Former fire chief Kelvin Cochran was fired by the city of Atlanta, Georgia, in 2015 because of a book he published where he expressed his Christian views. Now the city will have to pay Cochran a $1.2 million settlement.
After two years of fighting the city, a Federal District Court ruled in December 2017 that the city’s policies leading to Cochran’s firing were unconstitutional. Now, after many more months of stalling, the city has reached a settlement.
As Fox News reported:
The Atlanta City Council approved a settlement agreeing to pay fired Atlanta fire chief Kelvin Cochran $1.2 million.
In 2013, Cochran wrote a book about his Christian faith titled “Who Told You That You Were Naked?” for a men’s Bible study and gave it to around a dozen subordinates he said had either requested copies or shared his beliefs
The city said that the court ruling left them no choice:
A spokesperson for the City of Atlanta said that “based upon findings of the Court that could have resulted in tax payers paying millions of dollars in damages and litigation fees negotiated settlement was recommended by legal counsel.”
“Our Administration remains committed to achieving One Atlanta—a city that is fair, just and inclusive,” the spokesperson told FOX 5. “The City is developing the first LGBTQ employee resource group to support our City employees. The hiring of the City’s first-ever, full-time LGBTQ affairs coordinator, the establishment of the Mayor’s LGBTQ Advisory Board and the funding of the City’s first Office of Equity, Diversity and Inclusion are also examples of our commitment to ensuring that Atlanta remains a welcoming city for all.
As CBN News reported:
Cochran’s career had been about protecting others. For 30 years, he did that as a firefighter. He served as the US Fire Administrator under President Barack Obama and led the City of Atlanta to attain the highest level of fire and rescue preparedness for the first time in its history.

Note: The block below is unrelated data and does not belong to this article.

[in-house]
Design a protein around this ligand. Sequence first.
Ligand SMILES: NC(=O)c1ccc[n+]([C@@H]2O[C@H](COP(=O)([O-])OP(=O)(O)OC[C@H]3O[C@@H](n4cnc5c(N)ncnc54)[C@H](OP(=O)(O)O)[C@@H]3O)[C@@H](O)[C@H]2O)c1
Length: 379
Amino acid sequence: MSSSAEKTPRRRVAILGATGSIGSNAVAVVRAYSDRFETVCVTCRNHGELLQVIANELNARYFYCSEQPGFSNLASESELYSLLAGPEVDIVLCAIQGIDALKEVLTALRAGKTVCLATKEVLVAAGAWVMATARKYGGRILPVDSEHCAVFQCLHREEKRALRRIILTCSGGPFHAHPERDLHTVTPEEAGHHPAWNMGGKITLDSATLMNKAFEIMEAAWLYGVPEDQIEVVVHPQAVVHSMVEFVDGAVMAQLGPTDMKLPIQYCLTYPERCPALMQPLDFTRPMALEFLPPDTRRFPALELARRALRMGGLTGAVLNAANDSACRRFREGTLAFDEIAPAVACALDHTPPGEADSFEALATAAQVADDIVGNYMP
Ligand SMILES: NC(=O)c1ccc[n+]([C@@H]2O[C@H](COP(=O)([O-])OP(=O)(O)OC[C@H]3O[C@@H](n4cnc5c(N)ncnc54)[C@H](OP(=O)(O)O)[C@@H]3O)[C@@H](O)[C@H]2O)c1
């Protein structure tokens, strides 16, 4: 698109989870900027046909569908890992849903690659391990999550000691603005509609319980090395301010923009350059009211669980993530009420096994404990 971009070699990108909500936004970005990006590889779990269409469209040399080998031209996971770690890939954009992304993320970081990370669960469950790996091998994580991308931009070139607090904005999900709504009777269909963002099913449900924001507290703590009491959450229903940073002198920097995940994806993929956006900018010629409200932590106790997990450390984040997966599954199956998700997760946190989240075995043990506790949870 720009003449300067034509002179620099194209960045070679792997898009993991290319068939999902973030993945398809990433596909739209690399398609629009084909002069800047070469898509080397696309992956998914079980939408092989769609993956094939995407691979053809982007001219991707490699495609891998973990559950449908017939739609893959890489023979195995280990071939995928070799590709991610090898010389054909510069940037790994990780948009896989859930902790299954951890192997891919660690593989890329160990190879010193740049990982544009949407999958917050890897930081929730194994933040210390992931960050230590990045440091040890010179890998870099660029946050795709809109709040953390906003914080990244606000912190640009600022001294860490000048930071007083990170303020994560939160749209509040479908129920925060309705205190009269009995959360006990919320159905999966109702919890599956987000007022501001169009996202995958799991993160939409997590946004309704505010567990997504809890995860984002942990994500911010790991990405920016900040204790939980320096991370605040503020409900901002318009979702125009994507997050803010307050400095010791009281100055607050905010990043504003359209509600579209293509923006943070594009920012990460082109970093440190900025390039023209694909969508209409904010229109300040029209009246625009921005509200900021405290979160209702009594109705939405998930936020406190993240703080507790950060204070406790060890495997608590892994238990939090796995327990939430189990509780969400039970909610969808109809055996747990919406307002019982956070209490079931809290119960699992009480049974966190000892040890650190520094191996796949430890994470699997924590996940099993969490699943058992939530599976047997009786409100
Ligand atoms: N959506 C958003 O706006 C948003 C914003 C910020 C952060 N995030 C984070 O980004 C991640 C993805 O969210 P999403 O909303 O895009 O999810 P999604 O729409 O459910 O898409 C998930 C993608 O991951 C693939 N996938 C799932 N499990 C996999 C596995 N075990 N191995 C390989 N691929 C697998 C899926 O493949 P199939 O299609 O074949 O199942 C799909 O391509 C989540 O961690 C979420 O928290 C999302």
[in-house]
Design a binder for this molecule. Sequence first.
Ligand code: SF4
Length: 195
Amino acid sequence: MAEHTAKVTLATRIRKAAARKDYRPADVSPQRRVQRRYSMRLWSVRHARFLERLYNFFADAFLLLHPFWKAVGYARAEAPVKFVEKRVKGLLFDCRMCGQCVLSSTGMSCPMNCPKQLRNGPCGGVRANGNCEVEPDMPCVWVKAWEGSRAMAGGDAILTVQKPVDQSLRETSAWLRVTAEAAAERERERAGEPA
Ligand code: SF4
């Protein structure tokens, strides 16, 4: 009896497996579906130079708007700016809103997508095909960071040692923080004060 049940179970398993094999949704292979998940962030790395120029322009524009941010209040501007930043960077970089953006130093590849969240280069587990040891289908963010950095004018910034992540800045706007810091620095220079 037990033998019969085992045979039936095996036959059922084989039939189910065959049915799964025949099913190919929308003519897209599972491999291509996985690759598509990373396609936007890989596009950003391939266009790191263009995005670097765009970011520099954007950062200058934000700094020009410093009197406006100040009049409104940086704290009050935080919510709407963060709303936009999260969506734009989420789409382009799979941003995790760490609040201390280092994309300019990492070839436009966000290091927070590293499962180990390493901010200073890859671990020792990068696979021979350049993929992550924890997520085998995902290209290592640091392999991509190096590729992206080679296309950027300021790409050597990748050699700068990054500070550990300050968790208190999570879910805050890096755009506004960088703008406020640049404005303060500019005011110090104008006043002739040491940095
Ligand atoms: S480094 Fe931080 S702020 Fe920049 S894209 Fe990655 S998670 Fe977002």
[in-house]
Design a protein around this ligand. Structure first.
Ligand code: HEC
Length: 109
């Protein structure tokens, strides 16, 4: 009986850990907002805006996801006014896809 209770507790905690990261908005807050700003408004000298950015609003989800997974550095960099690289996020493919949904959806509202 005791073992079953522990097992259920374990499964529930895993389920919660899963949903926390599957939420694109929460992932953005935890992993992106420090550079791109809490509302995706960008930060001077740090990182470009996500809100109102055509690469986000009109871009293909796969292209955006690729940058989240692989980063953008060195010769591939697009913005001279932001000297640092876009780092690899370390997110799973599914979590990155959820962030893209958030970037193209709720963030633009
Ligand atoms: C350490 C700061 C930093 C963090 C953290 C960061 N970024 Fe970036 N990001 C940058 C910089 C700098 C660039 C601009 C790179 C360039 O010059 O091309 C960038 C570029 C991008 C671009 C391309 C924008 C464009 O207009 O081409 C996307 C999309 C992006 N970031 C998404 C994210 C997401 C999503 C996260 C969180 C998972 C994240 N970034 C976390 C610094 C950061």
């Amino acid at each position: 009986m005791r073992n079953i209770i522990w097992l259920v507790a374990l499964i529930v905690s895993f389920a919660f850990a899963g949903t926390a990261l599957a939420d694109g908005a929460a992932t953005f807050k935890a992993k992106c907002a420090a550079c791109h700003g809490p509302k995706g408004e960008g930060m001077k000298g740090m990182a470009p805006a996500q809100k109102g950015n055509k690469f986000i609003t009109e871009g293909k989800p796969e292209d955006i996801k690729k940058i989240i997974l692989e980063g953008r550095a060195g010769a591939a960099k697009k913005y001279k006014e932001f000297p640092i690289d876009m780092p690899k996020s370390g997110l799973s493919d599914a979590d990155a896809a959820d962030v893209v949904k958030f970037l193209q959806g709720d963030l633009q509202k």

But that came to an end in 2015, when the City of Atlanta fired him because he wrote a men’s devotional book in his spare time – a book that briefly mentions his views on a biblical understanding of marriage and sexuality.
As CBN News reported, the city did not approve of Chief Cochran’s book. After a 30-day suspension without pay, in order to complete “sensitivity training,” and an investigation into his conduct (which showed he had never discriminated against anyone in the fire department), his career came to an end in Atlanta.
This led Cochran to embark on a three-year legal battle that he says was never just about him.
“The government can’t force its employees to get its permission before they engage in free speech. It also can’t fire them for exercising that First Amendment freedom, causing them to lose both their freedom and their livelihoods,” said ADF Senior Counsel Kevin Theriot in a press release. “We are very pleased that the city is compensating Chief Cochran as it should, and we hope this will serve as a deterrent to any government that would trample upon the constitutionally protected freedoms of its public servants.”
Well, looks like Mr. Cochran is right, after all.
Follow Warner Todd Huston on Twitter @warnerthuston.
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